Criterion has returned to Need for Speed. The change makes for a compelling headline, one that led our own Tyler Treese to proclaim that the series “is finally back where it belongs.” The developer of the most favored recent entries is back in the driver’s seat. After the misfires of the reboot, Payback and Heat, sense has prevailed — or so EA would like us to believe.
Almost simultaneously, a new trailer for Outriders emerged ahead of press previews, and many gamers seem cautiously optimistic (despite the game’s generic look) thanks to developer People Can Fly’s pedigree. Gears of War: Judgment and Bulletstorm may not have set the world on fire, but they were distinct and memorable enough to capture attention and an audience. The goodwill the studio garnered with those games continues to stoke anticipation.
However, as Nick Calandra noted in his preview, the People Can Fly of Outriders isn’t the same People Can Fly of Bulletstorm. The most prominent creative forces that developed the latter game have since moved on. Nick’s preview suggests the team may be struggling under the weight of expectation that comes with the People Can Fly brand.
That brings me back to Criterion. The Need for Speed reins were handed entirely to Ghost Games after 2013’s Rivals. Shortly afterwards, Criterion’s founders and long-time leaders Alex Ward and Fiona Sperry departed to form Three Fields Entertainment, a studio dedicated to recreating the crash-‘em-up mayhem of Burnout. Since then, Criterion has been in support mode, assisting DICE with its shooters. Again, no doubt the existing team has talent, but the bold headlines ring hollow because the studio of now is not the studio of its heyday.
As a marketing ploy, the recall of older, respected names carries clout — and has been used in many industries. The classic Bugatti vehicle brand was dragged out of the depths of time by different companies in both the 1990s and mid-2000s to create a lineage with a quality long past. The classic Nokia 3310 mobile phone was wheeled out of retirement in 2017 with a swanky modernized design by an entirely new brand owner and manufacturer. The film industry is awash in remakes, reboots, and reimaginings, trading on the popularity of the originals. And sporting teams — which naturally change over time — are inherently demonstrative of the power of brand loyalty.
Marketing that plays on nostalgia is one hell of a drug.
However, as history shows, the involvement of such vaunted brand names raises expectations that are better kept in check — at least in the video game industry. Perhaps no example is better than that of the dearly departed Visceral.
Many gamers blame EA and its alleged meddling for a perceived decline in quality in Dead Space 3, but Visceral underwent significant staff changes across the years too. Even when the studio looked beyond its acclaimed horror series it came up short, with Battlefield: Hardline and Army of Two: The Devil’s Cartel both accruing the overall lowest Metacritic averages of their respective franchises. A meddlesome publisher could be held responsible for a temporary dip in quality, but consistent stumbles point to more systemic issues.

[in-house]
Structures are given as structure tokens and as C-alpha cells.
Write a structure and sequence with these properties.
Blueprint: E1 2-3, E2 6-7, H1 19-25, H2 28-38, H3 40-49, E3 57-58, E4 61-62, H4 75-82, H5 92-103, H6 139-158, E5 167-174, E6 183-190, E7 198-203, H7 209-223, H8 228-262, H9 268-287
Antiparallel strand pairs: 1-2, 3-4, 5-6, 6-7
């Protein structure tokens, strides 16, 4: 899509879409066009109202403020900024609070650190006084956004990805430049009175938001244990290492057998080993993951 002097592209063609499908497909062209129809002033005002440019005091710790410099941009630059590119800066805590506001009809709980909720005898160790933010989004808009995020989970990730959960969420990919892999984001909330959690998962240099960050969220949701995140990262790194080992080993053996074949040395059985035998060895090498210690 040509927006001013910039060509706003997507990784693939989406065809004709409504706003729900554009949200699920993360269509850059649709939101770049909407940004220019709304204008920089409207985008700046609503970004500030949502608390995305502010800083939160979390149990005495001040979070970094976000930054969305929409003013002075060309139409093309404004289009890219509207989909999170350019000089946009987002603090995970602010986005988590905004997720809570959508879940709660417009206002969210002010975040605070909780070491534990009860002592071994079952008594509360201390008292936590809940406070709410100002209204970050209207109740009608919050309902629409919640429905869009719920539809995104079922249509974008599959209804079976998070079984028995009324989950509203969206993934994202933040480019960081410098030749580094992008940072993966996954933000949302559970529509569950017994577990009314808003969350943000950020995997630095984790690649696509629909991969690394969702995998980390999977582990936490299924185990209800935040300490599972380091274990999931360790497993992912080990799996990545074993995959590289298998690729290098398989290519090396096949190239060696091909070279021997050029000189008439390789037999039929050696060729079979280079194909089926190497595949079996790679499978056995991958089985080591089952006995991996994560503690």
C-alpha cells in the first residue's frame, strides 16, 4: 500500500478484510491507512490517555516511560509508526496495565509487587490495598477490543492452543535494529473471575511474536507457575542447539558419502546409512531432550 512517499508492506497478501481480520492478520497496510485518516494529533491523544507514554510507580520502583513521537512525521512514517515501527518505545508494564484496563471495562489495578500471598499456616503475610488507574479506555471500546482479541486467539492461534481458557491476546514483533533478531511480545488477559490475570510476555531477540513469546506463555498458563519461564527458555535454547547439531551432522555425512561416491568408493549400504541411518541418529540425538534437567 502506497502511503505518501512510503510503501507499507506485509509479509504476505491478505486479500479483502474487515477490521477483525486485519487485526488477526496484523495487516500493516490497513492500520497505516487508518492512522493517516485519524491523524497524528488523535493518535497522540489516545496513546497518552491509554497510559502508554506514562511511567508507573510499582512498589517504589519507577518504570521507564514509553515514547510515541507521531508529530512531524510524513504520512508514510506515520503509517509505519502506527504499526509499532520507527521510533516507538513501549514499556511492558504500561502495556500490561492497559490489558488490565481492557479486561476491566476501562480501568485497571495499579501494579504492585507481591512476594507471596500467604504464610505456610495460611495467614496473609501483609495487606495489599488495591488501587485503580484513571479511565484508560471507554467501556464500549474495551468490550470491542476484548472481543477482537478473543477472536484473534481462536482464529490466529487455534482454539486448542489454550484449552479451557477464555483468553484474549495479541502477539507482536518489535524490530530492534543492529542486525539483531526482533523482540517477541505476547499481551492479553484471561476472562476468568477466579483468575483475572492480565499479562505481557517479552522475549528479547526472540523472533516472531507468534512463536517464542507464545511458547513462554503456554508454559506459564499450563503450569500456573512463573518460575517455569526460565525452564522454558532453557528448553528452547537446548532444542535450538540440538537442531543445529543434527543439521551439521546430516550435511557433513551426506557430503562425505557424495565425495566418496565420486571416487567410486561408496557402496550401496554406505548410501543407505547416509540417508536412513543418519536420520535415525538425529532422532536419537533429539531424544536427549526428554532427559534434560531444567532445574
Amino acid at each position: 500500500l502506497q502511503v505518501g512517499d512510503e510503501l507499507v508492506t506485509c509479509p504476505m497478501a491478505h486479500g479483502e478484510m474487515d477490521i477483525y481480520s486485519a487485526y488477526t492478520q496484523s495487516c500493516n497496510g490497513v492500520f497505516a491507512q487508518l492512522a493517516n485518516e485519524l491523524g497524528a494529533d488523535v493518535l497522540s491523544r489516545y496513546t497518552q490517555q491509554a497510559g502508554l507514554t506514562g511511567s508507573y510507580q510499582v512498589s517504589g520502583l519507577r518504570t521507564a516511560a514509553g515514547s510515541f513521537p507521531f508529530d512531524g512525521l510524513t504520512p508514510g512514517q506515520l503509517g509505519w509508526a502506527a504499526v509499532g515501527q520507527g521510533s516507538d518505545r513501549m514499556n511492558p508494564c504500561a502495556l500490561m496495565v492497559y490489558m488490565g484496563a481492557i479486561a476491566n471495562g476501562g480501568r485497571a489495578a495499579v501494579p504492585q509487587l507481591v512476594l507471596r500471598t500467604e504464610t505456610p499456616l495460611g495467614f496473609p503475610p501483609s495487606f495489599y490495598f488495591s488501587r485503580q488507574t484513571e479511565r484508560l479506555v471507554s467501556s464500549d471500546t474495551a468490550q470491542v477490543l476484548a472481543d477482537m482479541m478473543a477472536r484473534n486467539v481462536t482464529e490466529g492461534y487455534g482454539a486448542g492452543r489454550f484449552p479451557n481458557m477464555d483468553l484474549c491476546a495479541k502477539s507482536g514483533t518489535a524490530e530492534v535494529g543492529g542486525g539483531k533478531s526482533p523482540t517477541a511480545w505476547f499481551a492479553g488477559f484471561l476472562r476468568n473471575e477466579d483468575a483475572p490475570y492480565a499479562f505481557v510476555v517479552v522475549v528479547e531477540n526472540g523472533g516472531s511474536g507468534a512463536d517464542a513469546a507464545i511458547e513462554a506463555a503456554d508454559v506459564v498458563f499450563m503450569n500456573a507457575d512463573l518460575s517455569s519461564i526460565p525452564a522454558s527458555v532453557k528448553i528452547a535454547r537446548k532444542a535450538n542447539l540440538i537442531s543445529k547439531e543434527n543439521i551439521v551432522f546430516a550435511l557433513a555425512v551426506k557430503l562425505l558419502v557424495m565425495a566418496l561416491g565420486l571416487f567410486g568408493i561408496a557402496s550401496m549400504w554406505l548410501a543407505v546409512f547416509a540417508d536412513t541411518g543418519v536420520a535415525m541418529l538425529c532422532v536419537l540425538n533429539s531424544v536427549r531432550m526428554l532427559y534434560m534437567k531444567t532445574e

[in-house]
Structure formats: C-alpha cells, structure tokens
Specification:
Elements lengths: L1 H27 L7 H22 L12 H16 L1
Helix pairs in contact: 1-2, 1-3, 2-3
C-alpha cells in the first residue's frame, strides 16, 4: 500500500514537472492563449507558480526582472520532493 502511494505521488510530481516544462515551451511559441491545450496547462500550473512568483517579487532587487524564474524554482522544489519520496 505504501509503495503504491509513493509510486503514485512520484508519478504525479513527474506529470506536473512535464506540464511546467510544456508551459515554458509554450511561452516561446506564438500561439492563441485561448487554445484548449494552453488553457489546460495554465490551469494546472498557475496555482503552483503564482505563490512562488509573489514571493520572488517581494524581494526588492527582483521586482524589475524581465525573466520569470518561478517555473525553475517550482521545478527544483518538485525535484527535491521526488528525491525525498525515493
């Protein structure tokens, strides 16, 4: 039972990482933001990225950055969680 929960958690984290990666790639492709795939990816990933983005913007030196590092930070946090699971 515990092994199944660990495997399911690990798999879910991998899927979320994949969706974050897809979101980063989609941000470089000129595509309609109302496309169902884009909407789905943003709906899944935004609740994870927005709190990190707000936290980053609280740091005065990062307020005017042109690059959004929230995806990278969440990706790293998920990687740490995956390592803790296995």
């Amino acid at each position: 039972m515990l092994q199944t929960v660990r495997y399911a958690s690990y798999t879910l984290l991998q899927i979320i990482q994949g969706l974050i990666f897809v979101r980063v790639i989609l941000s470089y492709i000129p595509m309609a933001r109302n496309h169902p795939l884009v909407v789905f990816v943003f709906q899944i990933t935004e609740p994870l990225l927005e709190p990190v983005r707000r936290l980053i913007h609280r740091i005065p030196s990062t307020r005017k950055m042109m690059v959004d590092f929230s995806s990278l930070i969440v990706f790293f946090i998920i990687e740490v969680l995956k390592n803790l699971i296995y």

Similar stories reverberate throughout the industry: in BioWare with Mass Effect: Andromeda and Anthem, in Square Enix with the abortive first iteration of Final Fantasy XIV, in Infinity Ward with the criticized lack of innovation in Call of Duty: Ghosts and Infinite Warfare.
In each case, the brand created expectations that were not met by the reality, and the powerful turnarounds later achieved by Infinity Ward and the Final Fantasy XIV team suggest that a combination of high-level staff changes and the gaining of additional experience in key roles is vital to improving outcomes in such situations.
That is not what is apparent with either Outriders or the Need for Speed franchise. In both of these examples, the marketing has been co-opted by brand recognition rather than the actual products or the skills of the teams behind them. The marketing specialists at publishers consciously exploit the unconscious biases of customers.
I’m downbeat because, especially in the case of Need for Speed, making a big song and dance about the brand behind the brand feels cynical. It feels like a blatant marketing move, especially when EA has made the same move countless times — the return of EA Black Box for The Run, the initial involvement of Criterion on the Hot Pursuit reimagining, the handover to Ghost Games — producing more mediocre offerings than excellent ones.
At the same time, the cynicism may not be entirely deserved. After all, Crystal Dynamics recovered well from the loss of Amy Hennig after Legacy of Kain: Defiance, and Naughty Dog has undergone several significant staff changes while continuing to go from strength to strength.
Ultimately, time will tell whether Need for Speed or Outriders manages to stand out. In the meantime, gamers need to remain aware that teams are more important than brands and that marketing is carefully designed to manipulate public mood. A name means nothing unless it is backed up by results, and the current iterations of Criterion and People Can Fly are as yet untested.